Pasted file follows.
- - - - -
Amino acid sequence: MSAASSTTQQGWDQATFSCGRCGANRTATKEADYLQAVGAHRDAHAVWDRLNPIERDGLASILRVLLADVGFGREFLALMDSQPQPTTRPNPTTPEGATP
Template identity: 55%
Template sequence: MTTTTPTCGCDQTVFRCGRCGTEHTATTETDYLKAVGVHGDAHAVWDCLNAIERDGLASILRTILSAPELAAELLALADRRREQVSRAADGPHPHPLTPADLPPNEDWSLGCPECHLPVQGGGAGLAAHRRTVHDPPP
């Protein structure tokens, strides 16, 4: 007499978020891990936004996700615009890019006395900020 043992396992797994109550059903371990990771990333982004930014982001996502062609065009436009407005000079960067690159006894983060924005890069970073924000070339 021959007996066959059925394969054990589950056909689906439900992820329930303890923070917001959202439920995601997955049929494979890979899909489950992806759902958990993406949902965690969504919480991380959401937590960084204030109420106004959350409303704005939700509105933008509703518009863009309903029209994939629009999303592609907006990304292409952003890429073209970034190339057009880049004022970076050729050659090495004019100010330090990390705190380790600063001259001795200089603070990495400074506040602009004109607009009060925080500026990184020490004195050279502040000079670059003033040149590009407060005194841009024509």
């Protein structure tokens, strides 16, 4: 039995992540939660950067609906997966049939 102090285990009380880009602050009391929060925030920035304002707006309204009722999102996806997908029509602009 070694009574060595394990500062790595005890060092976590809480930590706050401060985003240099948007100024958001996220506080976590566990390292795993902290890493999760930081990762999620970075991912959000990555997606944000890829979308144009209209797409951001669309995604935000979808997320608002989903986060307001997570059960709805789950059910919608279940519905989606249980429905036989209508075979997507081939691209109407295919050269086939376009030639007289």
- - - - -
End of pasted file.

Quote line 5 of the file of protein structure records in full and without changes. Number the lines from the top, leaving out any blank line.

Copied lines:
């Protein structure tokens, strides 16, 4: 039995992540939660950067609906997966049939 102090285990009380880009602050009391929060925030920035304002707006309204009722999102996806997908029509602009 070694009574060595394990500062790595005890060092976590809480930590706050401060985003240099948007100024958001996220506080976590566990390292795993902290890493999760930081990762999620970075991912959000990555997606944000890829979308144009209209797409951001669309995604935000979808997320608002989903986060307001997570059960709805789950059910919608279940519905989606249980429905036989209508075979997507081939691209109407295919050269086939376009030639007289």